In a scathingly critical report (PDF) of Australian safety investigators and regulators, the Australian Senate last week found that an investigation into the 2009 ditching of a medical evacuation flight off Norfolk Island was so incompetently handled that it could be referred to authorities for criminal prosecution. The Senate investigation, which began last September, found that during the crash investigation, Australia’s Civil Aviation Safety Authority failed to provide the Australian Transport Safety Board with critical documents and findings concerning the Pel-Air ditching. That information would have revealed, according to the Senate probe, that CASA knew of ongoing systemic shortcomings in Pel-Air’s operation that directly contributed to the accident. CASA’s action, says the Senate report, may have violated Australia’s Transport Safety Investigations Act. “It could be seen as a breach of the Transport Safety Act in terms of obstructing an investigation,” said Sen. David Fawcett.
The accident occurred in November 2009 when the twin-engine Westwind ditched off Norfolk Island en route from Samoa with a critical but stable patient. The Westwind’s ultimate destination was Melbourne, with a scheduled fuel stop in Norfolk Island. The flight’s captain, Dominic James, departed with legally sufficient fuel into a forecast of good VFR. En route, the Norfolk Island weather tanked and after three unsuccessful approach attempts, James ditched the Westwind near the island. All six aboard survived, albeit some with injuries. The ATSB’s accident investigation, which took some 1000 days to complete, faulted the crew for not planning the flight in accordance with Australian regulation and Pel-Air operations specifications. It blamed James for not aggressively seeking updated weather reports and for failing to divert to Noumea, New Caledonia, which the Westwind initially had fuel to do.
Following the ATSB’s findings, James challenged some of the investigator’s findings but his queries were dismissed by the ATSB. The Australian Senate took up James’ case last year and its probe revealed widespread flaws in the ATSB’s investigatory work. Among numerous findings by the Senate was a report on a CASA review of Pel-Air that “unequivocally concluded … that the Pel-Air Westwind operation was at an elevated risk and warranted more frequent and intensive surveillance and intervention strategies.” Yet no mention of this report appeared in the ATSB’s findings blaming the pilot. “In other words, Pel-Air was lacking, CASA’s oversight of Pel-Air was lacking, and the accident occurred in an environment of serious aviation safety deficiencies,” the Senate report said.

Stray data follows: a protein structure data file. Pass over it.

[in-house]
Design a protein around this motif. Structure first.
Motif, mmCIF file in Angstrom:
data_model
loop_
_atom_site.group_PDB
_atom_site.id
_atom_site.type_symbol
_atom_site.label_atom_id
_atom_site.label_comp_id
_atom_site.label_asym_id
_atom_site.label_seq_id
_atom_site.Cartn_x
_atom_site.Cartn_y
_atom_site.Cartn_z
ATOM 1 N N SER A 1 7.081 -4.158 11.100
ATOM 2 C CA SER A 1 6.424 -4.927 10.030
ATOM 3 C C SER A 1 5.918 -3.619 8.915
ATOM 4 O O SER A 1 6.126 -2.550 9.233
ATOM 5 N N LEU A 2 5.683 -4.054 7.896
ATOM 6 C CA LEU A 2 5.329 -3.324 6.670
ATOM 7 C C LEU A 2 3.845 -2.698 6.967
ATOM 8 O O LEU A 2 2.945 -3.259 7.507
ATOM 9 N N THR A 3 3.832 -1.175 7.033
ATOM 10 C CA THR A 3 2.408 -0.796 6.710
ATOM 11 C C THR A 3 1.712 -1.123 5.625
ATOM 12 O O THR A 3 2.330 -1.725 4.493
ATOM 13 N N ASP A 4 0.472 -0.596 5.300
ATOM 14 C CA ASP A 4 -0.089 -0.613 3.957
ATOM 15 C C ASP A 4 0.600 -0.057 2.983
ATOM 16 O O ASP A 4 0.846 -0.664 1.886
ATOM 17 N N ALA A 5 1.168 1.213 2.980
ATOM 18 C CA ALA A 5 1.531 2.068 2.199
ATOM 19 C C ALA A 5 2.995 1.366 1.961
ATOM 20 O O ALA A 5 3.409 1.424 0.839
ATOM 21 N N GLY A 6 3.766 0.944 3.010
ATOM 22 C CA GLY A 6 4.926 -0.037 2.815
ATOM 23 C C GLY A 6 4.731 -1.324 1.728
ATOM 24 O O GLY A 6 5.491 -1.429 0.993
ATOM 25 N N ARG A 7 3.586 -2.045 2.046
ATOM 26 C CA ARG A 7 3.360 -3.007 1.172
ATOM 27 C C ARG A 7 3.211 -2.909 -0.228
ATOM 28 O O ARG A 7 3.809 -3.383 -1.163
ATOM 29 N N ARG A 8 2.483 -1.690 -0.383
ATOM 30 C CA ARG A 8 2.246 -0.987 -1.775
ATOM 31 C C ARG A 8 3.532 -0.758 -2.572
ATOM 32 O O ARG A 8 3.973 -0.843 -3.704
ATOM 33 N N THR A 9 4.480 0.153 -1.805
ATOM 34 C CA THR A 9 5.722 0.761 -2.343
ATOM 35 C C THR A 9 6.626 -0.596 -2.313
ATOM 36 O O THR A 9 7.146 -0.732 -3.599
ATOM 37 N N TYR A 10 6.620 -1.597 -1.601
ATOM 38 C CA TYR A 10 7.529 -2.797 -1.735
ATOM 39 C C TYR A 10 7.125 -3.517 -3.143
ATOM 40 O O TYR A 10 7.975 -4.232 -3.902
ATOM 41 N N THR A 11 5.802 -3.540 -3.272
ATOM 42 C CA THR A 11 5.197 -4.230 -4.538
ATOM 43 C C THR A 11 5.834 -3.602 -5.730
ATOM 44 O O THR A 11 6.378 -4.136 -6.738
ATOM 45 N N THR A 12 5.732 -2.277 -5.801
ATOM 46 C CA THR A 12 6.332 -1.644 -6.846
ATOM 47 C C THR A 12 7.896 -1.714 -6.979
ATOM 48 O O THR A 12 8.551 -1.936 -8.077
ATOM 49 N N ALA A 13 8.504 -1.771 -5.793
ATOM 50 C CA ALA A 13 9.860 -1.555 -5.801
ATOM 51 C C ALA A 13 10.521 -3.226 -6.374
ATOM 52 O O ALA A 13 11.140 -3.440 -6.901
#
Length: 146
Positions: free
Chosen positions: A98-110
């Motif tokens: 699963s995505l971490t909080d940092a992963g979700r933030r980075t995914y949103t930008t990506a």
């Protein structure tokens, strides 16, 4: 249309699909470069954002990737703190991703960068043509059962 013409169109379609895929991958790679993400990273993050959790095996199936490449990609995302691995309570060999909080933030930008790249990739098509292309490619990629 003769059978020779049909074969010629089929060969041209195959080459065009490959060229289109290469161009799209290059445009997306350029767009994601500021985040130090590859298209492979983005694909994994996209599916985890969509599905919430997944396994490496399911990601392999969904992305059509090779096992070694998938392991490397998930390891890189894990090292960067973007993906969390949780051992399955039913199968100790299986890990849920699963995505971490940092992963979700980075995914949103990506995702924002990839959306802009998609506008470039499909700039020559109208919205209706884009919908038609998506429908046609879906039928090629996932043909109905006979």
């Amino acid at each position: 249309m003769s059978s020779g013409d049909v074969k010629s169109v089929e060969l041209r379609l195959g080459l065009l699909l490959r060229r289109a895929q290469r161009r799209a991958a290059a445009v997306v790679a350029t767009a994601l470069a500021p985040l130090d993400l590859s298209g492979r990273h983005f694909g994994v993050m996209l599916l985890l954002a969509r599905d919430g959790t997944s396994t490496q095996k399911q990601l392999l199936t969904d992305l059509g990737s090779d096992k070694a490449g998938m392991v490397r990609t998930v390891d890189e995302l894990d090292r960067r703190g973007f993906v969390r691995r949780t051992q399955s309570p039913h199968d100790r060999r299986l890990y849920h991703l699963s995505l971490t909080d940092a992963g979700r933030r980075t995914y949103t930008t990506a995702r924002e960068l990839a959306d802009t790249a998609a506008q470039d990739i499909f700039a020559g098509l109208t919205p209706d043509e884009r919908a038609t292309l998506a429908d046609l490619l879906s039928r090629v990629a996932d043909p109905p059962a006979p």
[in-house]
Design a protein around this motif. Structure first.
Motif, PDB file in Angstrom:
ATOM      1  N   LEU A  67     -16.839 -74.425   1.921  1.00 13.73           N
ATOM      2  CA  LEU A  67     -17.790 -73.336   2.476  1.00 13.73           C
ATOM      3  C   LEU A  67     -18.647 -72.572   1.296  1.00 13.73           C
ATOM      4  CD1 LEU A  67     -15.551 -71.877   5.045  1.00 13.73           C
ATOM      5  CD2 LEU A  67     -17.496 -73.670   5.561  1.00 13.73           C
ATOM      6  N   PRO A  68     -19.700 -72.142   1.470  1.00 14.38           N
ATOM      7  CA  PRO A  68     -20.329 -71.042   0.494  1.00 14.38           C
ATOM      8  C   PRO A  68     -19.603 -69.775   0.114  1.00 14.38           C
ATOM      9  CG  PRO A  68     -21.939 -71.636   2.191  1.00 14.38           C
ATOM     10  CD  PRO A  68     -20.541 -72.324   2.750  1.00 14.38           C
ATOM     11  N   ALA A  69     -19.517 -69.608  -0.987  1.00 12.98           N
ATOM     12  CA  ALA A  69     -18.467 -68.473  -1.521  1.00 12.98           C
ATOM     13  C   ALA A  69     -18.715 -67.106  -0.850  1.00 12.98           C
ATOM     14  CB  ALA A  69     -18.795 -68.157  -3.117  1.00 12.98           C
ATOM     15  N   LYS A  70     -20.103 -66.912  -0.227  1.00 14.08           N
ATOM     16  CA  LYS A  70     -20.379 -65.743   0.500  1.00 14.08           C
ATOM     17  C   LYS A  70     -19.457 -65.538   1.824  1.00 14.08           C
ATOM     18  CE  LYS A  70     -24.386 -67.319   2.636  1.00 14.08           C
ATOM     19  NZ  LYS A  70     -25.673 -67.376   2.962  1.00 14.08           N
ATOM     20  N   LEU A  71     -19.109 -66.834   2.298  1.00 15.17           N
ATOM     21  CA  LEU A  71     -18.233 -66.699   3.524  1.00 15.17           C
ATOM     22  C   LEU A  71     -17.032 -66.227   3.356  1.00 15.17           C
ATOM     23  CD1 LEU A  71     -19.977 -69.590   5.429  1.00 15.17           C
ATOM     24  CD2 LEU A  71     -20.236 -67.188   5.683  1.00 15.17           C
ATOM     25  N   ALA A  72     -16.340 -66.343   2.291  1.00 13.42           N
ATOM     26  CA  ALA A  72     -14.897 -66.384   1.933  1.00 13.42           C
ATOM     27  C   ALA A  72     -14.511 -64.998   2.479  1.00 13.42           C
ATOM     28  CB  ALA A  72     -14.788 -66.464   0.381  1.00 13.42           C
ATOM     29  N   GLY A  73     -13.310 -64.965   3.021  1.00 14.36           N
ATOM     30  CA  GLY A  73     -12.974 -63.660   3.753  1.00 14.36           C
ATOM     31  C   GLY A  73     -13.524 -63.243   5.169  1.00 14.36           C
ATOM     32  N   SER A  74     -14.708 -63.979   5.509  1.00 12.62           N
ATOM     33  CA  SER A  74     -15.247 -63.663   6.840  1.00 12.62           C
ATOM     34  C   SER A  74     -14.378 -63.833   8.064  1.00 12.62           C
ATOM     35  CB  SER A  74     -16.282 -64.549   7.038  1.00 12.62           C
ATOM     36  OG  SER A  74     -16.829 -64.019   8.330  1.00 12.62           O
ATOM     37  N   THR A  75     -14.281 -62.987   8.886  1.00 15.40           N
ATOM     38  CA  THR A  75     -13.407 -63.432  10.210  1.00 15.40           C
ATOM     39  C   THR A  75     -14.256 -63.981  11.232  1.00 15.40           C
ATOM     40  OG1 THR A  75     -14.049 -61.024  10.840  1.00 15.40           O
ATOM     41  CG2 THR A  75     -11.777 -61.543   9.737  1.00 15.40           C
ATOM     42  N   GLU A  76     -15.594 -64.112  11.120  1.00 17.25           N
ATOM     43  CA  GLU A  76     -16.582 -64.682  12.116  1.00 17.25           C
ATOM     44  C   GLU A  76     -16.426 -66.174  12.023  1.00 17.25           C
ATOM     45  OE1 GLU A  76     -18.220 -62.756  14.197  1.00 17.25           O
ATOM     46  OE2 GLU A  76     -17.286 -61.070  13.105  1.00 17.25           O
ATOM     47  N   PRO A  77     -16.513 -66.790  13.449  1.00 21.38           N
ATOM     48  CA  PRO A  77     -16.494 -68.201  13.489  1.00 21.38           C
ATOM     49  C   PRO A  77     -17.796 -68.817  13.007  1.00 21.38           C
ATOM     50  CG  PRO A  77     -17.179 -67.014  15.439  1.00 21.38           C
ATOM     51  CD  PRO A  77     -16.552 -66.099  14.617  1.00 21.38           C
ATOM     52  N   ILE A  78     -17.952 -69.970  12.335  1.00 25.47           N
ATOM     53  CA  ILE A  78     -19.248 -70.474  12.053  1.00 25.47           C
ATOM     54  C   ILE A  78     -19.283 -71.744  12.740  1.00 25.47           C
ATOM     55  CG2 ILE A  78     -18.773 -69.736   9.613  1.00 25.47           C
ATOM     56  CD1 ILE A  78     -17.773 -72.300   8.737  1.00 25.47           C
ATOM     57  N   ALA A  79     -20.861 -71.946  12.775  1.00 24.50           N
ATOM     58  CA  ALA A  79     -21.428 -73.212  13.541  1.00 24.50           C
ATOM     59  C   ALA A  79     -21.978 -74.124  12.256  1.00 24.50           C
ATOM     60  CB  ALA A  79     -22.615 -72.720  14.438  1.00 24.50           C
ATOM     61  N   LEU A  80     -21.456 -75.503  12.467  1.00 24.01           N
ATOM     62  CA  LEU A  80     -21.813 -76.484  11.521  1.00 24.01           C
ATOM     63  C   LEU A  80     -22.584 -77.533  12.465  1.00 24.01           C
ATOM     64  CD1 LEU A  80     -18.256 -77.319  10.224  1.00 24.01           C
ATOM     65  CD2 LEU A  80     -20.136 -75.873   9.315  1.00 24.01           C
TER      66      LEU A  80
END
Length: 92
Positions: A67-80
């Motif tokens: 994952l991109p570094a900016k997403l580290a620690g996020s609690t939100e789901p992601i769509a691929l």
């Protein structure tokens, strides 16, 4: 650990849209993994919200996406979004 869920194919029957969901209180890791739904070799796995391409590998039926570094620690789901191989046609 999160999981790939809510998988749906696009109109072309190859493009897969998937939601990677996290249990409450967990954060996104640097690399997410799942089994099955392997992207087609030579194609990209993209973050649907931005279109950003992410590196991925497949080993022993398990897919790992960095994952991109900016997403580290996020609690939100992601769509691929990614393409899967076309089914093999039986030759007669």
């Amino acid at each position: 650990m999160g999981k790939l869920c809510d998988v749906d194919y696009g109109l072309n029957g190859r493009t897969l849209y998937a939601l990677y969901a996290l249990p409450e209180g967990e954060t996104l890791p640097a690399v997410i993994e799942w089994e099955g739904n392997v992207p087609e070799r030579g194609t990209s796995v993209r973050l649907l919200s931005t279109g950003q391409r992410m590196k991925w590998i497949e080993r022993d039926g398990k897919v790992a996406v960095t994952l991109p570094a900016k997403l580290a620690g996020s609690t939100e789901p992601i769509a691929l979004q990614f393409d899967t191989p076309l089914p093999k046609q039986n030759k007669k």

Although the Senate investigation stops short of saying the ATSB and CASA colluded to suppress information, it does conclude that the two agencies narrowed the accident investigation focus in a way that excluded larger safety issues. “This inquiry has shaken my confidence in the CASA and the ATSB to the core. I no longer have confidence in them. That’s why I think we need an inspector general of aviation,” Sen. Nick Xenophone told Australia’s ABC News. “This goes beyond Dominic James, which I regard and many regard as a scapegoat for the failings of CASA and the ATSB,” he added.
The Senate report makes numerous recommendations to improve the ATSB investigation process, ranging from additional training for investigators, to requiring the ATSB’s chief commissioner to have extensive aviation safety experience, to establishing an oversight board for investigations. In one of its sub-conclusion, the Senate pulled no punches in criticizing CASA. “CASA’s internal reports indicate that the deficiencies identified would have had an effect on the outcome of the accident in several areas. It is inexplicable therefore that CASA should so strongly and publicly reject witnesses’ evidence that they did not think surveillance was adequate, when CASA’s own internal investigations indicate that CASA’s oversight was inadequate,” the report said.